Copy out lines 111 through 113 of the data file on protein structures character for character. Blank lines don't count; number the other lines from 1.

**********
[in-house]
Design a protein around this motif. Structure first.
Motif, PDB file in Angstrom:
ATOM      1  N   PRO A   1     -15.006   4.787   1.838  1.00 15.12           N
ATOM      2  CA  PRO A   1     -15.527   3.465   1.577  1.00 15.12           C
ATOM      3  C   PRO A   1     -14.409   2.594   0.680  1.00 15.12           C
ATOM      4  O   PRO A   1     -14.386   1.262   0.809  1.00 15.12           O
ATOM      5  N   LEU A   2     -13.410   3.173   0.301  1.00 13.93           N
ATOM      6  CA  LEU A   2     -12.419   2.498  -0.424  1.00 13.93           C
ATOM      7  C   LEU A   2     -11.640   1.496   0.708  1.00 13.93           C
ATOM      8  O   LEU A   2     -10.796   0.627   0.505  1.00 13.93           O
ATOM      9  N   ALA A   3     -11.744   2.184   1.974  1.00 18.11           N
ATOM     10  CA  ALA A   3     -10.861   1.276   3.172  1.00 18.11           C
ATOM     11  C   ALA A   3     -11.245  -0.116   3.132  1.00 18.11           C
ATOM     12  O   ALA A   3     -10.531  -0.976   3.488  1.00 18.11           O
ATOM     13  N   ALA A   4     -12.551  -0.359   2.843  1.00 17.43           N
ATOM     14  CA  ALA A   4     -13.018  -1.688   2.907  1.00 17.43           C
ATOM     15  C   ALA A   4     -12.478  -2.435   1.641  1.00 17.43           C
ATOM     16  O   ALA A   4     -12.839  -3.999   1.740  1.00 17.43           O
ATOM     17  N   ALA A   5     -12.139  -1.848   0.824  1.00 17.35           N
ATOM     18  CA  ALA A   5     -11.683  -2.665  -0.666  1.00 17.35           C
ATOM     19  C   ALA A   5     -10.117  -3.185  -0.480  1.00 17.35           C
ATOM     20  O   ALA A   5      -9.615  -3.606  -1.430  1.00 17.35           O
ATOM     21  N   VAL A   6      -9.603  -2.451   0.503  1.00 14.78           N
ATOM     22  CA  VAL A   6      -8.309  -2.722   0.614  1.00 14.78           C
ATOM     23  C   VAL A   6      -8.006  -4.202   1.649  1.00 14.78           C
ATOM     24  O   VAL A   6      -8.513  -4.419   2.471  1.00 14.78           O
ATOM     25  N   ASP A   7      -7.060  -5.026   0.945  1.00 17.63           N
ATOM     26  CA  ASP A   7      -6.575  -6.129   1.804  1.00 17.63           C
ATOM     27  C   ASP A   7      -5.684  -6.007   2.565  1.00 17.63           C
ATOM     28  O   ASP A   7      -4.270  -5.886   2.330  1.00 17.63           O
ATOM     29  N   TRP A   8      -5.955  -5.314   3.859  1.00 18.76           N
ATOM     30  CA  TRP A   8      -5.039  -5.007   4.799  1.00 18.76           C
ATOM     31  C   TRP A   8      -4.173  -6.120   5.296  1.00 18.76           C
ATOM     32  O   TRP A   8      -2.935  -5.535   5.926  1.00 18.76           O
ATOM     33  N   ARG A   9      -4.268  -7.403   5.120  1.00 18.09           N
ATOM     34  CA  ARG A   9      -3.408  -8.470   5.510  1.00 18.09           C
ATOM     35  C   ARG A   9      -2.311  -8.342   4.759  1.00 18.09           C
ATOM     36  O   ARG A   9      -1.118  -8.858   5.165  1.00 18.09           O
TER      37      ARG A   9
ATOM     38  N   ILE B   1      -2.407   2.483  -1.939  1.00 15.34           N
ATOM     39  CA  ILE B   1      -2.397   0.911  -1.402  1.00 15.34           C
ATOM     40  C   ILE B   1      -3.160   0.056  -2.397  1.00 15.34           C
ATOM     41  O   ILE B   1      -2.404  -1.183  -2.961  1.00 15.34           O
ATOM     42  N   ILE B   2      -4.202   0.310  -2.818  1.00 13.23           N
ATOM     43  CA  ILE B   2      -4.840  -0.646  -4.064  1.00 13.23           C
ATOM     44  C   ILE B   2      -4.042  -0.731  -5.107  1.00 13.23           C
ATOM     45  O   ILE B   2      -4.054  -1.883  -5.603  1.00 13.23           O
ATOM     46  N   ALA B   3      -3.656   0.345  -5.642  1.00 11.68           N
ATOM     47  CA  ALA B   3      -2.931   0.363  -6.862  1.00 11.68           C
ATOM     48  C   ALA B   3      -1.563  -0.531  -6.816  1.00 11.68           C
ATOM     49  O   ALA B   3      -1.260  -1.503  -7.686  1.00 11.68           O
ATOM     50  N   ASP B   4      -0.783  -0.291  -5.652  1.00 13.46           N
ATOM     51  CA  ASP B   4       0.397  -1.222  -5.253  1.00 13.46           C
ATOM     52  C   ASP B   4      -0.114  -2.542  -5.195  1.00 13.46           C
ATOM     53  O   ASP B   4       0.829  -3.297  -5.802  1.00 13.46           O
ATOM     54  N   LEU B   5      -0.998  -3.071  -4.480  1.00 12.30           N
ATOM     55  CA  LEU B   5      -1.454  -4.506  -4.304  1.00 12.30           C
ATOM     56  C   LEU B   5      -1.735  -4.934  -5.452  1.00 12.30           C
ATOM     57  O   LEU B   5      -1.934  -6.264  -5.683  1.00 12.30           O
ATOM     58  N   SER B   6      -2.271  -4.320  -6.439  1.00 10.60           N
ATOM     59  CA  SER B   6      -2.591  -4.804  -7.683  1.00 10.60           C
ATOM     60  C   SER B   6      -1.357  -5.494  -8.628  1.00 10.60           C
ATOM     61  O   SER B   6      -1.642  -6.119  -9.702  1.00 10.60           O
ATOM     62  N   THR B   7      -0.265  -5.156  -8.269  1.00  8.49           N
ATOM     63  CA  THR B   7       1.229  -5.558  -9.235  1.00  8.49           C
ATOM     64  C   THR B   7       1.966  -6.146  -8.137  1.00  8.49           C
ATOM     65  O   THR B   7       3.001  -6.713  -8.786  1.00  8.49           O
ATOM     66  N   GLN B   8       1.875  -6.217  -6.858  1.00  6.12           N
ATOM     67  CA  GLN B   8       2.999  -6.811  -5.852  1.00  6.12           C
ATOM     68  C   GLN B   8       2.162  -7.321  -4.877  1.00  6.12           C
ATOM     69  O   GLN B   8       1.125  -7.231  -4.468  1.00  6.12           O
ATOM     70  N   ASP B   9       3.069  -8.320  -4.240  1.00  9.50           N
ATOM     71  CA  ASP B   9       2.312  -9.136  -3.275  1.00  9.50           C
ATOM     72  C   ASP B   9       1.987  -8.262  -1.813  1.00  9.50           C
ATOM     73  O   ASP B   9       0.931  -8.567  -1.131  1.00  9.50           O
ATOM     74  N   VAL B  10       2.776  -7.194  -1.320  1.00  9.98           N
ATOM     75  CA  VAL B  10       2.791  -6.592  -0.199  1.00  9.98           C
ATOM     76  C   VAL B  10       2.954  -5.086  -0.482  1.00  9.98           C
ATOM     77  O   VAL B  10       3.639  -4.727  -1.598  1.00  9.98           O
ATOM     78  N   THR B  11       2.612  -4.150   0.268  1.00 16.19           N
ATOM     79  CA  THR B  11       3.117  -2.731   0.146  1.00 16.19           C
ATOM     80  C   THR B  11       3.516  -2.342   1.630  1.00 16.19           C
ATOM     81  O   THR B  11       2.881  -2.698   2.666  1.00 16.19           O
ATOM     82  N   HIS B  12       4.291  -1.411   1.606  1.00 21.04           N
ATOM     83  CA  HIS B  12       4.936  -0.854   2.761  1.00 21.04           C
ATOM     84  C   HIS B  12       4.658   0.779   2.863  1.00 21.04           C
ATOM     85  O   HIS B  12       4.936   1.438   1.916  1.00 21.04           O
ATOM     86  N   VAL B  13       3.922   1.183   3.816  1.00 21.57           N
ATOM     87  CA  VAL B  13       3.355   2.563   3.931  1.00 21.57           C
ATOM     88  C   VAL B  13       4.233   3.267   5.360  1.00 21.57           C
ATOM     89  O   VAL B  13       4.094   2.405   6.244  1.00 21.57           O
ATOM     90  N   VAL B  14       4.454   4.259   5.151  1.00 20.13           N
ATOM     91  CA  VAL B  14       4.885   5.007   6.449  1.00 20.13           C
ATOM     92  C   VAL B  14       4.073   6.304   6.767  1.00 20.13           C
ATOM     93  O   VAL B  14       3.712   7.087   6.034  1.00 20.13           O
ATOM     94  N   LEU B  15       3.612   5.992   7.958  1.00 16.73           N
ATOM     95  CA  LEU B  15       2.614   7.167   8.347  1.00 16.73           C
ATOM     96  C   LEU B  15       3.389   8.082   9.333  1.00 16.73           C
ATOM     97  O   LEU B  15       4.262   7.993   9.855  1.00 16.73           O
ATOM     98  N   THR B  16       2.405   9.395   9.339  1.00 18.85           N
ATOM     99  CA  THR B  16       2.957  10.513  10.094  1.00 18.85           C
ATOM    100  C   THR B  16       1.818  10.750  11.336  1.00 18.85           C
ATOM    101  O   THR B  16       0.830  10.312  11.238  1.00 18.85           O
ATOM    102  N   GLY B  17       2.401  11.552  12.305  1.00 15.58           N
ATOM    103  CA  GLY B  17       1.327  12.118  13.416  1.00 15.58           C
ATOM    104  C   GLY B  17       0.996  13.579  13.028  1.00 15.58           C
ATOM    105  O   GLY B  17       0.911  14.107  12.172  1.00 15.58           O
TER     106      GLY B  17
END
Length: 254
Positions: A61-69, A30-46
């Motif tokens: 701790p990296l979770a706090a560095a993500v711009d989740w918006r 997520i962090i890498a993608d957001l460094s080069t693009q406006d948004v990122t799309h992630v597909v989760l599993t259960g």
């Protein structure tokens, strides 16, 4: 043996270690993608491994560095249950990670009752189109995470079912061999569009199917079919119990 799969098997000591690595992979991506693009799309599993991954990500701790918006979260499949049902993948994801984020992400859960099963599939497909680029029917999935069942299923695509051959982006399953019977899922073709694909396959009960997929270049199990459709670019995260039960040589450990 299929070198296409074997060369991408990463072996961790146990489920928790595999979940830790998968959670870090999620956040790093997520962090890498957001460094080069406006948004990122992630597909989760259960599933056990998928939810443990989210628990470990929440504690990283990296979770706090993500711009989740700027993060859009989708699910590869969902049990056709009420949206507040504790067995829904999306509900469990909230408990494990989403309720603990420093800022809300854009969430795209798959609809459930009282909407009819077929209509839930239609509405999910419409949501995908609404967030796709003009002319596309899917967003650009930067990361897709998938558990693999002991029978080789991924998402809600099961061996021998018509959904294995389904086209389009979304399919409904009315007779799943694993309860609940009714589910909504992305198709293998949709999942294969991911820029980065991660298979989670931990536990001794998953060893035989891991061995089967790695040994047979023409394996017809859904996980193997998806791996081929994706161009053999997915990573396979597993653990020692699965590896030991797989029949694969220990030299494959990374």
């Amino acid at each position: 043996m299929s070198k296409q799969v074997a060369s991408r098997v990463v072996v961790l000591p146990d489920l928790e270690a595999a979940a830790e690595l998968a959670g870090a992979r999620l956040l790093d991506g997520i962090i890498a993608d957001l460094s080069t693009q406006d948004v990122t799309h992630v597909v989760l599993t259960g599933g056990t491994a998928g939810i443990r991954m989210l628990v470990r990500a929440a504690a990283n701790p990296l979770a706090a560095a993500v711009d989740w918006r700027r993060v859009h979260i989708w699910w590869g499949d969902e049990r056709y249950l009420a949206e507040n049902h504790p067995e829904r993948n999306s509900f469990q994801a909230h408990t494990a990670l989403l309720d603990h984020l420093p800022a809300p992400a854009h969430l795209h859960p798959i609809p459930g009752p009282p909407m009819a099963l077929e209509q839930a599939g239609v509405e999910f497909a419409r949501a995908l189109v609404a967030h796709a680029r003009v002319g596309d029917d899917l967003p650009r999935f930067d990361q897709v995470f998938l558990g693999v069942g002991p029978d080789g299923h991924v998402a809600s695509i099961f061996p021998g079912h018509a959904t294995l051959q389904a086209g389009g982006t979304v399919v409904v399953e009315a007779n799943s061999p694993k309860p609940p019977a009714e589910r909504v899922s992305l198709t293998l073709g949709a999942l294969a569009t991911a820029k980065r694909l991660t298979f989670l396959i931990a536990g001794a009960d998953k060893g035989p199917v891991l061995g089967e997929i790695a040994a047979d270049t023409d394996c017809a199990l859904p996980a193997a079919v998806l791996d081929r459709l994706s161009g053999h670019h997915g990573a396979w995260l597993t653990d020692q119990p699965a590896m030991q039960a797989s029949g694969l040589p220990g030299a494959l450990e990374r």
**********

Length: 254
Positions: A61-69, A30-46
């Motif tokens: 701790p990296l979770a706090a560095a993500v711009d989740w918006r 997520i962090i890498a993608d957001l460094s080069t693009q406006d948004v990122t799309h992630v597909v989760l599993t259960g």